Fulcrum CEO Bryan Stuart leaves

  • After less than two years in the position
  • Robert Gould taking over temporarily

(exechange) — Cambridge, Massachusetts, January 4, 2023 — Bryan Stuart, chief executive of Fulcrum, leaves his position — as “mutually agreed.” As announced by Fulcrum Therapeutics Inc. in a news release and in a regulatory filing published on Wednesday, January 4, 2023, Bryan E. Stuart has left his post as chief executive officer at the biopharmaceutical company, after less than two years in the role, effective January 2, 2023.

The average tenure of CEOs who announced their departure over the past 12 months was 8.3 years. Around 12% of CEOs left their posts within two years. This is according to data collected by CEO-exit research firm exechange.

exechange tracks CEO departures at the 3,000 largest publicly traded companies in the U.S., examines the reasons CEOs leave and determines the Push‑out Score™, a measure of pressure on departing chief executives on a scale of 0 to 10.

Bryan Stuart’s duties as CEO will be taken over temporarily by Robert J. Gould, a former chief executive officer and president at Fulcrum Therapeutics Inc., as interim Chief Executive Officer.

Robert Gould is about 23 years older than Bryan Stuart.

“To pursue other opportunities”

Bryan Stuart’s departure from the CEO post is explained as follows. Fulcrum said: “Robert J. Gould, Ph.D., former president and founding chief executive officer of Fulcrum has been appointed as interim CEO as Bryan Stuart departs to pursue other opportunities.”

The top three reasons cited in corporate announcements for CEO departures over the past 12 months are performance issues (26.7% of cases), implementation of a planned succession (16.2%) and the statement that the time was right for a change (8.4%), according to exechange data. Other motives given for leadership changes included the outgoing CEO’s wish to pursue other opportunities (5.7% of cases), personal reasons (3%) and conduct issues (2.4%). Rather rarely stated reasons are health problems (2.1% of cases), career change (2.1%), the desire for more time with family (0.9%), death (0.9%) and disagreement (0.6%). Sometimes, more than one reason was given. In 30.9% of cases, no reason was given.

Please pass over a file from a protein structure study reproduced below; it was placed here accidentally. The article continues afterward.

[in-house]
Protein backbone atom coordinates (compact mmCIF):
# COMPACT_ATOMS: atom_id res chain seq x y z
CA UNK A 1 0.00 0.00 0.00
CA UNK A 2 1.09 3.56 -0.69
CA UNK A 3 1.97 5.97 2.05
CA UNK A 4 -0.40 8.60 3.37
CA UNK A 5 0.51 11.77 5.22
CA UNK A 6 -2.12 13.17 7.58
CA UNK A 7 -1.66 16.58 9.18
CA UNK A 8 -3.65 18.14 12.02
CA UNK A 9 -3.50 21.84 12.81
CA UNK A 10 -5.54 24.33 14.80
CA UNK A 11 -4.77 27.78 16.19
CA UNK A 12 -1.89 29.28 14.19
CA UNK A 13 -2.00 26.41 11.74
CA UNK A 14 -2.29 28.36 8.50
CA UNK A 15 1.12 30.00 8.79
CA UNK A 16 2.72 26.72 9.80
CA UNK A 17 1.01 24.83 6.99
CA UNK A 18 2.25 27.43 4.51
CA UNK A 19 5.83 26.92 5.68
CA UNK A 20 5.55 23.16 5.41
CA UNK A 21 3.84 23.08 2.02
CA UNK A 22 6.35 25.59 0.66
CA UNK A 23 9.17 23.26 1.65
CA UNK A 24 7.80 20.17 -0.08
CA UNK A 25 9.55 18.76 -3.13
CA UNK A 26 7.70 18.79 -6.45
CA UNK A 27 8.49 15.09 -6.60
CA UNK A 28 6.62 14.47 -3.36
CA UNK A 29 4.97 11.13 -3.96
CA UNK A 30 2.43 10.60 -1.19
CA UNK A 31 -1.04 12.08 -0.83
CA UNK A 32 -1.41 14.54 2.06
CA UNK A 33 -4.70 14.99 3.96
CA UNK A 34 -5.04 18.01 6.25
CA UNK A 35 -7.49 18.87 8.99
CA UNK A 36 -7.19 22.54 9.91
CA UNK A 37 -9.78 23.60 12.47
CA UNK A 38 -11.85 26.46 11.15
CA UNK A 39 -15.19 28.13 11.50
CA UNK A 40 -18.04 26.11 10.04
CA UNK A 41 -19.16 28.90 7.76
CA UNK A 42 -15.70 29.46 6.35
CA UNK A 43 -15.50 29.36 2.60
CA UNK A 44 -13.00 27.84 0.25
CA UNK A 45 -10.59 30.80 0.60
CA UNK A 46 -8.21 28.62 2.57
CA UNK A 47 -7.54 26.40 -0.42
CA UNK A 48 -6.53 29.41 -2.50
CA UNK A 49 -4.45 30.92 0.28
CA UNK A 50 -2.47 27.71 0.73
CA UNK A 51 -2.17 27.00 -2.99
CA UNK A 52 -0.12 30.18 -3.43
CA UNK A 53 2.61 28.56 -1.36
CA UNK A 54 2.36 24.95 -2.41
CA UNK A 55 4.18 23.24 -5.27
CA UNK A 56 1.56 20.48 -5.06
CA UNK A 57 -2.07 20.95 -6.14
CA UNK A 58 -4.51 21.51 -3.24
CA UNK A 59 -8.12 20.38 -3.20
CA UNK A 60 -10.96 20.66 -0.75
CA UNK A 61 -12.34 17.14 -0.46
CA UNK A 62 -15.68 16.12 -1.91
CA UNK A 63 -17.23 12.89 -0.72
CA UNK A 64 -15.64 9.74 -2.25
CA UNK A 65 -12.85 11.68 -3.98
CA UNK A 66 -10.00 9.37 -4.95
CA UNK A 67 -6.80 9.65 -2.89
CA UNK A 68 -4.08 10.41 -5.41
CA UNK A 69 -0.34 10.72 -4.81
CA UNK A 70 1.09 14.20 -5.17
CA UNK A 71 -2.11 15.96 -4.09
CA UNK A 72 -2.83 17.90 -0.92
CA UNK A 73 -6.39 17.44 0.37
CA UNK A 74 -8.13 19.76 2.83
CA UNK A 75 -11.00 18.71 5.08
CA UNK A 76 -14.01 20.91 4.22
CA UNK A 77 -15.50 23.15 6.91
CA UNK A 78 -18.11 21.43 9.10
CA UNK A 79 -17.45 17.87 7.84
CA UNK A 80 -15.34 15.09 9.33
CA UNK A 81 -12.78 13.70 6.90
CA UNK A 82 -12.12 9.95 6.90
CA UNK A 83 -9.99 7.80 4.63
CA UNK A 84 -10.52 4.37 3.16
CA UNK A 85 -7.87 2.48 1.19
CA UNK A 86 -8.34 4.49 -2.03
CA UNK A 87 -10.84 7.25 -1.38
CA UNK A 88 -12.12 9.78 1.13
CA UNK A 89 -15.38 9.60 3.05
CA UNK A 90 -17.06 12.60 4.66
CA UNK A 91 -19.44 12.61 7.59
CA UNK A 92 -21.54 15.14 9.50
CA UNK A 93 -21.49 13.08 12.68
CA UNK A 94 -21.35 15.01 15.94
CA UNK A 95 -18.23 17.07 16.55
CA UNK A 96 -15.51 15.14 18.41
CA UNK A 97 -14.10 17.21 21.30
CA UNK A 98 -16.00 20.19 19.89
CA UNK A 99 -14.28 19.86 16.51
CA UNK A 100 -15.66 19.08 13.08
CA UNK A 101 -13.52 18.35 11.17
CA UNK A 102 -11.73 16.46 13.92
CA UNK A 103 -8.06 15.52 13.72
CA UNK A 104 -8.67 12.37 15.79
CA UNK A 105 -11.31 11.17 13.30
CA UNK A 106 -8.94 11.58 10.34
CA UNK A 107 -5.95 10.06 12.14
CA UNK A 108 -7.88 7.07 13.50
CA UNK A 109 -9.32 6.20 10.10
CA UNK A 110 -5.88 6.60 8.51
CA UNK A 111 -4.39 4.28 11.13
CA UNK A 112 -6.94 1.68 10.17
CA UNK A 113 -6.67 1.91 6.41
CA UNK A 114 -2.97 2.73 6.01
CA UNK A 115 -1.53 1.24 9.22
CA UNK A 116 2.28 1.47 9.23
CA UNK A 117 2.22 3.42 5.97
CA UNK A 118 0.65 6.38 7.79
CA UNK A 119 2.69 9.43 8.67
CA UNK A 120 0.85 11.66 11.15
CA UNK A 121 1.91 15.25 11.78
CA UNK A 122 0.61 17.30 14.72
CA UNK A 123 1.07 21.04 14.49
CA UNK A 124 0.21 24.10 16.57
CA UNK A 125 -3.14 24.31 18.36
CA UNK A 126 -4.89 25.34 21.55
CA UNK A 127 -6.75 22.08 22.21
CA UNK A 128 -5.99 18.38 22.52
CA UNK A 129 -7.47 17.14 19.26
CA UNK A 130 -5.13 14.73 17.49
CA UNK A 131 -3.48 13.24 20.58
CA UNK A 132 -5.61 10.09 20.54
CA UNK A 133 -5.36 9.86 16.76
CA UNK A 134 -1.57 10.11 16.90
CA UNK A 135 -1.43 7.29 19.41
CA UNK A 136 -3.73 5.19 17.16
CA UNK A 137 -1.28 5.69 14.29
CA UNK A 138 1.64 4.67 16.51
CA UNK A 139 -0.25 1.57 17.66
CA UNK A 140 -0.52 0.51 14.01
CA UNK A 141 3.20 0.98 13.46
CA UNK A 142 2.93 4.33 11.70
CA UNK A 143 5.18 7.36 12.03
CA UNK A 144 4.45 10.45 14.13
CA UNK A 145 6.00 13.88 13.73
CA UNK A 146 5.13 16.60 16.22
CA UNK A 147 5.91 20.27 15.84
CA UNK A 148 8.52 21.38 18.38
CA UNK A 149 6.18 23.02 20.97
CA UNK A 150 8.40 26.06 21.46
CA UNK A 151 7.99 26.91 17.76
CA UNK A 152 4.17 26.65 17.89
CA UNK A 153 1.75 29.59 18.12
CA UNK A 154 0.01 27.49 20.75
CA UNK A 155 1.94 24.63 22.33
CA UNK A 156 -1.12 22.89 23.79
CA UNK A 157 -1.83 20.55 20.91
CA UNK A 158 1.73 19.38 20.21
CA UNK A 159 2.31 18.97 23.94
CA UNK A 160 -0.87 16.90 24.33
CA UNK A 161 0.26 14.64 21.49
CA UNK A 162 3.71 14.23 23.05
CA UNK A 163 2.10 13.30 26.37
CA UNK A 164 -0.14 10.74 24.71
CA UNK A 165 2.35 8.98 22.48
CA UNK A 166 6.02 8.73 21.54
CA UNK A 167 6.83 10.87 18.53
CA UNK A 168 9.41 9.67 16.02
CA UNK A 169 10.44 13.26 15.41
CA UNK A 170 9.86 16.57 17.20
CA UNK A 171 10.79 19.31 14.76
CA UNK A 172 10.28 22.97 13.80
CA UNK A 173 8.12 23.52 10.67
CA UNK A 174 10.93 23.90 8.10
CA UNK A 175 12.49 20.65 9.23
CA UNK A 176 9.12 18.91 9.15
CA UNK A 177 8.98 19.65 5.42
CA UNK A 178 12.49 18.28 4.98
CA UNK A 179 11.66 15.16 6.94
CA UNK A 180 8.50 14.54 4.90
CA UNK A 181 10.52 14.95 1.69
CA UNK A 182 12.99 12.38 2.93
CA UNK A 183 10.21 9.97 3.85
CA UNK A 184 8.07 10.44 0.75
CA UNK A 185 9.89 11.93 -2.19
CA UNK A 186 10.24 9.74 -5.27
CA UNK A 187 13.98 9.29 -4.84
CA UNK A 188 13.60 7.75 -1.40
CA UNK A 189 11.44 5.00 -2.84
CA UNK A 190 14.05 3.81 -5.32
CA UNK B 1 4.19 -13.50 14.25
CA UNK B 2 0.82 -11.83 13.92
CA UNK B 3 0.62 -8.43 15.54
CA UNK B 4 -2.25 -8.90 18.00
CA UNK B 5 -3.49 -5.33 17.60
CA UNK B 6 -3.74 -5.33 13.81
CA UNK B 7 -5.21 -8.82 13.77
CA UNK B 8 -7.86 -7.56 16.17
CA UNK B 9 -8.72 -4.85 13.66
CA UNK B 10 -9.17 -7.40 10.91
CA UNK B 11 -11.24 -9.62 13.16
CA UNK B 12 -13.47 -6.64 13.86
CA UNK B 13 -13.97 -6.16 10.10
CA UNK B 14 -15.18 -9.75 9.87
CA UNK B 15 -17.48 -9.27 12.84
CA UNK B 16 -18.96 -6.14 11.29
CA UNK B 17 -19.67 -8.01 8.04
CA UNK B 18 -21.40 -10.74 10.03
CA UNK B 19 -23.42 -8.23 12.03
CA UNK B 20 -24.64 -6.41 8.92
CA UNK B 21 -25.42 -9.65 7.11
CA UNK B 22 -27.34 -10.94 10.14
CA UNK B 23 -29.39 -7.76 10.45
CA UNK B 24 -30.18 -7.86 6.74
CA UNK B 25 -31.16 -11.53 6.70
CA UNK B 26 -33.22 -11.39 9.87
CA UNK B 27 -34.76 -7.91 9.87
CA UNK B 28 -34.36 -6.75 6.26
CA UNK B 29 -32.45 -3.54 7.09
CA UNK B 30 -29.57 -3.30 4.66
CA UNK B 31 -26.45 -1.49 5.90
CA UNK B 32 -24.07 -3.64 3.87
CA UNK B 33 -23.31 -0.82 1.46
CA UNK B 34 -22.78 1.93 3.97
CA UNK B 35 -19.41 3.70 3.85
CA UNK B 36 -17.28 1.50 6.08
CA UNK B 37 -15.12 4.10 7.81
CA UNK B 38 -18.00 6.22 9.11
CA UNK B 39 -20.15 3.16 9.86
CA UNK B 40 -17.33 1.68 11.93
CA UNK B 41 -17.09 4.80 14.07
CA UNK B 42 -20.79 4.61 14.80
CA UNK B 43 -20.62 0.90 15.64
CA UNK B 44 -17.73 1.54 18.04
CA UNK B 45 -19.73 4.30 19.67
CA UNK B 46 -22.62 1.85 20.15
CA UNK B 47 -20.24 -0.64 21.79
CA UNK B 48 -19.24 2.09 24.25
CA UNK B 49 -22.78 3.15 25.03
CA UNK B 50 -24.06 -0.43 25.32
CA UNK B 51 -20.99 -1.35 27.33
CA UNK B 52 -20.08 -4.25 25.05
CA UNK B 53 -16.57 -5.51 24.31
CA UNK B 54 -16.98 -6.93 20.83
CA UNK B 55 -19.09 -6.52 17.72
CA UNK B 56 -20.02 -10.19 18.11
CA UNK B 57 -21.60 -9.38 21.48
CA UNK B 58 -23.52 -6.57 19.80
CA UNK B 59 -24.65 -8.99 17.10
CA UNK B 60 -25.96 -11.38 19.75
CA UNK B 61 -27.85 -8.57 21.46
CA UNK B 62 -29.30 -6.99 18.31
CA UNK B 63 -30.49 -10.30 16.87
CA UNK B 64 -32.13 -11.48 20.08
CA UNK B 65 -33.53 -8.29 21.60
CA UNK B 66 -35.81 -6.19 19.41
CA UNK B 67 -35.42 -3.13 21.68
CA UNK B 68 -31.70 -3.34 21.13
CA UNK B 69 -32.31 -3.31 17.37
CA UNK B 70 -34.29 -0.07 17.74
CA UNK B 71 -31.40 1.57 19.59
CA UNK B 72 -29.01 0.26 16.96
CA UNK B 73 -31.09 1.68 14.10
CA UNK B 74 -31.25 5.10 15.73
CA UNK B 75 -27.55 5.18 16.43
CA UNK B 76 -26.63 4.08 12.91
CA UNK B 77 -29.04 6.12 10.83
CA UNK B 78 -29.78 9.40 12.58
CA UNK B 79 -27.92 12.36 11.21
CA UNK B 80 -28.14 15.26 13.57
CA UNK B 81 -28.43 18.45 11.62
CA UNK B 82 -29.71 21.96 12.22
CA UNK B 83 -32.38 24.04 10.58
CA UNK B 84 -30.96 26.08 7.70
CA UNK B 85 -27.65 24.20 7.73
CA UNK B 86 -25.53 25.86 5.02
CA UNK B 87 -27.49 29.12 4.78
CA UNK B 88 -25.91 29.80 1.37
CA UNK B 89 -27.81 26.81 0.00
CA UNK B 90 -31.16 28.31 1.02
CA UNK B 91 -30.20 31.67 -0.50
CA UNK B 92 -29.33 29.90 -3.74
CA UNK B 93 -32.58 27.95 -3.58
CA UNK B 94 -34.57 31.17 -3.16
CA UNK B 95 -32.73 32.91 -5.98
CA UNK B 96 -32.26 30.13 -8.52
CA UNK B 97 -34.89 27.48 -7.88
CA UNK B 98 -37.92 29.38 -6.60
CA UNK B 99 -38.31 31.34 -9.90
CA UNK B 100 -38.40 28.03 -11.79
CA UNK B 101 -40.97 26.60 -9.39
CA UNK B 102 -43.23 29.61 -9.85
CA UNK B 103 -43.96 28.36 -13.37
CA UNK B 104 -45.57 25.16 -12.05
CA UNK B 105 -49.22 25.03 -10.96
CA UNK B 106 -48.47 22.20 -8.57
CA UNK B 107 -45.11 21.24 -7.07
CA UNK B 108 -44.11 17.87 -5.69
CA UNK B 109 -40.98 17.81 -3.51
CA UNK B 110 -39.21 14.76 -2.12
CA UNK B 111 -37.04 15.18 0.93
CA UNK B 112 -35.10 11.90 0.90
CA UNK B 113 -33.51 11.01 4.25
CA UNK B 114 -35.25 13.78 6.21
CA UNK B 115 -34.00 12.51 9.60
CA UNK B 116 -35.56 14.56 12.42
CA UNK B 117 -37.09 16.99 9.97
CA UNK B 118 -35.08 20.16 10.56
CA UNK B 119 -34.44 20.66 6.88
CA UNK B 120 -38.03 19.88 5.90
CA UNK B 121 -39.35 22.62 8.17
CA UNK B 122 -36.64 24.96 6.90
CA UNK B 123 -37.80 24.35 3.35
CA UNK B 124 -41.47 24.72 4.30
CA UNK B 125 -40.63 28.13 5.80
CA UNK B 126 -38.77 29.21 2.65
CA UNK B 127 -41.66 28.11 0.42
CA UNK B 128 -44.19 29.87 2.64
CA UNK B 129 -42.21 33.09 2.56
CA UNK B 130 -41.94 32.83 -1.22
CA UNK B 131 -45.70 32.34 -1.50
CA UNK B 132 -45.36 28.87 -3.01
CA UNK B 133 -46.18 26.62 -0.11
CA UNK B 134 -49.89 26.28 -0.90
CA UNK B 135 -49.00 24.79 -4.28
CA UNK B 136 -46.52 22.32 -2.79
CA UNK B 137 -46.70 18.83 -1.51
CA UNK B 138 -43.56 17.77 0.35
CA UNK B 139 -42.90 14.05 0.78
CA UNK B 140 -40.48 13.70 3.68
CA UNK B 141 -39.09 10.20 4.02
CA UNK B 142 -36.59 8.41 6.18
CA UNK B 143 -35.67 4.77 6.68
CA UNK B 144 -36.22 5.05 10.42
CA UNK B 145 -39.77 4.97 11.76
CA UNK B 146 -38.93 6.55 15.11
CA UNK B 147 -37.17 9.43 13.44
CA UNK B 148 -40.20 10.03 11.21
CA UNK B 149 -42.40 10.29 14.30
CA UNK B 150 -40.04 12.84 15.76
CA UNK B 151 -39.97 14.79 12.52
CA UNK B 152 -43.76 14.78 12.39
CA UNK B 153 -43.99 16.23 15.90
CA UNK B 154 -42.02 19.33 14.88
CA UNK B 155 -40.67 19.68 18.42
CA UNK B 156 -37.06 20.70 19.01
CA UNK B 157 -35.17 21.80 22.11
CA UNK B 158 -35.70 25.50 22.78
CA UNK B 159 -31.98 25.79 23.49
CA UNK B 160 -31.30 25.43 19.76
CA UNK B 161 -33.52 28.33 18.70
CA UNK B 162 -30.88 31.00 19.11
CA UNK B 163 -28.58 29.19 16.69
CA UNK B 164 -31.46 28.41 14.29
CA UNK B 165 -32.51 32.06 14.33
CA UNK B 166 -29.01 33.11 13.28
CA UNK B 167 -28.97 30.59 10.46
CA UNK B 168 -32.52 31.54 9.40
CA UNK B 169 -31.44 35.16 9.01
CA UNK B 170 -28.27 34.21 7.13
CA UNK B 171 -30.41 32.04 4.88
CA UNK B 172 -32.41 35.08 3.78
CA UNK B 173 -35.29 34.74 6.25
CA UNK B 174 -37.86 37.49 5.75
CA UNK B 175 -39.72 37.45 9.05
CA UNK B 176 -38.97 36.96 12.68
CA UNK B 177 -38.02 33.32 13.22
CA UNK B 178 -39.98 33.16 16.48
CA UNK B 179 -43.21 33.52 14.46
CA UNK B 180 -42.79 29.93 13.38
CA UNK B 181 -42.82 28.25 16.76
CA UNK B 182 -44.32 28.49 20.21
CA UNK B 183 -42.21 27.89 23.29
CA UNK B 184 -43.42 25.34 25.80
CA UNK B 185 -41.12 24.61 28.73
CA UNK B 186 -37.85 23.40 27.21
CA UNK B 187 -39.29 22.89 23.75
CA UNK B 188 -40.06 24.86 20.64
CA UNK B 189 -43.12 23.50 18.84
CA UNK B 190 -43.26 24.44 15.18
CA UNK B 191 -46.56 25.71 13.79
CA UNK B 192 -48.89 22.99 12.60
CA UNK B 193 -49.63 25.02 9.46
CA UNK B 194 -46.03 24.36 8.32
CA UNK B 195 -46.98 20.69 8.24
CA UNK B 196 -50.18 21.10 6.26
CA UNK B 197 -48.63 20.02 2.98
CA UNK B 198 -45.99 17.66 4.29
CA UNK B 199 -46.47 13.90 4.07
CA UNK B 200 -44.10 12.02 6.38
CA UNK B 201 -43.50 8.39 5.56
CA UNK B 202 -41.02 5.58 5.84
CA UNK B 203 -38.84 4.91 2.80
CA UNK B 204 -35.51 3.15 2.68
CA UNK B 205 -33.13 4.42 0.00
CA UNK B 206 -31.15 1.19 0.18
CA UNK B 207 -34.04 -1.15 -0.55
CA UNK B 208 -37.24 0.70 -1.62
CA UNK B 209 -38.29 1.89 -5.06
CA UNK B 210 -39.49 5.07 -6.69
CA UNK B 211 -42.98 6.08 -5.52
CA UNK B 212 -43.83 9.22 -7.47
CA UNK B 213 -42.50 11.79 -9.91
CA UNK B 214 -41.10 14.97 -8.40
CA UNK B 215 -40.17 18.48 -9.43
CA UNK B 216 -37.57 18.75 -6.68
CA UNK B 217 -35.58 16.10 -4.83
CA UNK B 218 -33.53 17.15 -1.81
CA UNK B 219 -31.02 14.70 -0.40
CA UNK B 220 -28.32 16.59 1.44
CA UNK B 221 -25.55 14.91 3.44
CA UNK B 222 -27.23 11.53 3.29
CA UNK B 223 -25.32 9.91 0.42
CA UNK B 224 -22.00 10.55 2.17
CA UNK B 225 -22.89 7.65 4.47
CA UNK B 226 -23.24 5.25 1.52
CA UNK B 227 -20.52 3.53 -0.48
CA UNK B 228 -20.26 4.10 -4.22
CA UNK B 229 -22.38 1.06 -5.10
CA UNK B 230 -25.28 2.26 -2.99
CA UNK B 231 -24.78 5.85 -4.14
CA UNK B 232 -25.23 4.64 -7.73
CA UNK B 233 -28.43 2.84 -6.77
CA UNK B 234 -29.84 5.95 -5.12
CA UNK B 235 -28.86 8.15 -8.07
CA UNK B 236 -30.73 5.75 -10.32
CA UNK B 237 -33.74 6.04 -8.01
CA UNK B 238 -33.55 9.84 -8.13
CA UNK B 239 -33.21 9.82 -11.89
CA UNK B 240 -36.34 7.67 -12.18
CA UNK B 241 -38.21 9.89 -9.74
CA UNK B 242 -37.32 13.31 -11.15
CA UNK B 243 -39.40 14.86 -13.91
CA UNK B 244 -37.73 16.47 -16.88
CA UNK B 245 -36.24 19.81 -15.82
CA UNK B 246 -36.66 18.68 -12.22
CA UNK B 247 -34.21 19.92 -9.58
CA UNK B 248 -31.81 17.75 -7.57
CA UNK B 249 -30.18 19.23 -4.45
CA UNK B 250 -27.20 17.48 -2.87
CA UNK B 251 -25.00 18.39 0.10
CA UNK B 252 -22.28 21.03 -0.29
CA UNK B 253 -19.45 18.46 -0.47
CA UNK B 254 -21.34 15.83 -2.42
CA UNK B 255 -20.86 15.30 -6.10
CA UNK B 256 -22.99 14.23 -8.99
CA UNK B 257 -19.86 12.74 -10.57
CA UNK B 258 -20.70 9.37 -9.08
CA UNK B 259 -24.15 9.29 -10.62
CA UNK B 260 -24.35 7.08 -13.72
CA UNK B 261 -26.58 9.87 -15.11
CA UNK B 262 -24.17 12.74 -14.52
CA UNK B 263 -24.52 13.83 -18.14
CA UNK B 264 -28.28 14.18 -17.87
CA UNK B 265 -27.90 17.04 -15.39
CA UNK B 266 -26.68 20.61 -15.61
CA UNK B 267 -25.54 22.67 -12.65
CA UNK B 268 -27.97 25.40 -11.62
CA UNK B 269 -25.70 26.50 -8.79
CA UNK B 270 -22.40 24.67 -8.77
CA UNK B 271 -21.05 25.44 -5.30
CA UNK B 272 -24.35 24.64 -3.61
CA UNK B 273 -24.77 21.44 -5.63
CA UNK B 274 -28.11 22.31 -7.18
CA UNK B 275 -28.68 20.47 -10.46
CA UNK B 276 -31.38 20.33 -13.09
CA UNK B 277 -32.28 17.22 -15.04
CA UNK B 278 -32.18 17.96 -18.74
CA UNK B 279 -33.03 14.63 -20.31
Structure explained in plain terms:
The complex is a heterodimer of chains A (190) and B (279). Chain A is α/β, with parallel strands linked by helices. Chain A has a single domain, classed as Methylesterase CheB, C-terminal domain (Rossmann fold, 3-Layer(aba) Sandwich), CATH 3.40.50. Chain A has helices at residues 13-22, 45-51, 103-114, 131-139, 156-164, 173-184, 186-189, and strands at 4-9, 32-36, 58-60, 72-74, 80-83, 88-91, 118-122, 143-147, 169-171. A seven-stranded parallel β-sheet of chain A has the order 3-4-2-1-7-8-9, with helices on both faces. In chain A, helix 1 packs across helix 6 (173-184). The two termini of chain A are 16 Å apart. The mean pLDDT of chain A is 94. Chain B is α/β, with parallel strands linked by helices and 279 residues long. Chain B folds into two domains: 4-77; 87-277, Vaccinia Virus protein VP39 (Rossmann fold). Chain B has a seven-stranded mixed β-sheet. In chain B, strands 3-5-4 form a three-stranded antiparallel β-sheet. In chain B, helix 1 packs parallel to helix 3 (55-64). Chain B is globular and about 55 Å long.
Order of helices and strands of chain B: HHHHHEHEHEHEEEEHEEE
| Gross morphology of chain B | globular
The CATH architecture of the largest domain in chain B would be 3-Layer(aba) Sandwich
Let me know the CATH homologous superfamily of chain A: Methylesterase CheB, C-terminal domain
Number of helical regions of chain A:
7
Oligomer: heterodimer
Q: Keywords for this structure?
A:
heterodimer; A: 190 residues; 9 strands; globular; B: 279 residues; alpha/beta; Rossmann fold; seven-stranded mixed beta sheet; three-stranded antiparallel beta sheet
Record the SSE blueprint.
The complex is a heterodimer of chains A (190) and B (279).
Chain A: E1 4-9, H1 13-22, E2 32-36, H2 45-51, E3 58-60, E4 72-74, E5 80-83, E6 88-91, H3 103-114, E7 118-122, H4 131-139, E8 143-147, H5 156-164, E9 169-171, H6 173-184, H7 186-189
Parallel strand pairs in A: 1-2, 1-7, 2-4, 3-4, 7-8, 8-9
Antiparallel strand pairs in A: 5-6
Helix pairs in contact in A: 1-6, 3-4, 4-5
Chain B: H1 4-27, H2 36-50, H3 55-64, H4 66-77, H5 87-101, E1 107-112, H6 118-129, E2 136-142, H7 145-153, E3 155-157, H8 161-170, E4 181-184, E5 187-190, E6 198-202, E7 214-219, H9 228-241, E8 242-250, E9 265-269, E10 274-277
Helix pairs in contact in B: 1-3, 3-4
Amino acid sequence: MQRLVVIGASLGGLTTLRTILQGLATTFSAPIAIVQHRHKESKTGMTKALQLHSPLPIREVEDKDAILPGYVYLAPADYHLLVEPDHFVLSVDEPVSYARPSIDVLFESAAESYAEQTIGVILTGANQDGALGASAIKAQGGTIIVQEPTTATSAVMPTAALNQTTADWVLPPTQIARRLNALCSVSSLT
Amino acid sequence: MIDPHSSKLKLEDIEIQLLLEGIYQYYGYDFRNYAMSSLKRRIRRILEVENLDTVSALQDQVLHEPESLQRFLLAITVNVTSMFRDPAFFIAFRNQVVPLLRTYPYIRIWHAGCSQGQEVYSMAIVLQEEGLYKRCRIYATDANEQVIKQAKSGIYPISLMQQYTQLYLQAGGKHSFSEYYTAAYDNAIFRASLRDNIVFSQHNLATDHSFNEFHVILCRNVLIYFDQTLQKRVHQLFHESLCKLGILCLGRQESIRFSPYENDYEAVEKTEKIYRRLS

Precise information regarding Bryan Stuart’s future plans was not immediately available.


Fulcrum said: “Bryan Stuart departs to pursue other opportunities.”

Fulcrum further said: “On January 2, 2023, Bryan Stuart and Fulcrum Therapeutics, Inc., or Fulcrum, mutually agreed that he would transition from his role as president, chief executive officer and as Class II director, and in connection therewith, Fulcrum and Bryan Stuart entered into a severance agreement dated January 2, 2023.”

Share price decline since January 2022

The announcement follows a decline in Fulcrum Therapeutics Inc.’s share price of 56% since January 2022.

In the position of CEO since 2021

Bryan Stuart became CEO of the Company in 2021.

Bryan Stuart has served as the Company’s president and chief executive officer and as a member of the Company’s board of directors since March 2021, and served as the Company’s chief operating officer from December 2018 to March 2021.

Prior to joining the Company, Stuart served as president and chief executive officer of Yarra Therapeutics, LLC, or Yarra, from December 2017 to August 2018.

Prior to joining Yarra, Stuart served as president of Kastle Therapeutics, LLC, or Kastle, from July 2015 to March 2017 and as president and chief executive officer from March 2017 to November 2017.

Both Yarra and Kastle focused on developing therapies for rare diseases. Stuart was the chief business officer of Civitas Therapeutics, Inc., a biopharmaceutical company, from August 2012 to October 2014. He previously led business development, corporate development and strategy at EKR Therapeutics Inc. (acquired by Chiesi Farmaceutici S.p.A.) and Ovation Pharmaceuticals Inc. (acquired by Lundbeck A/S).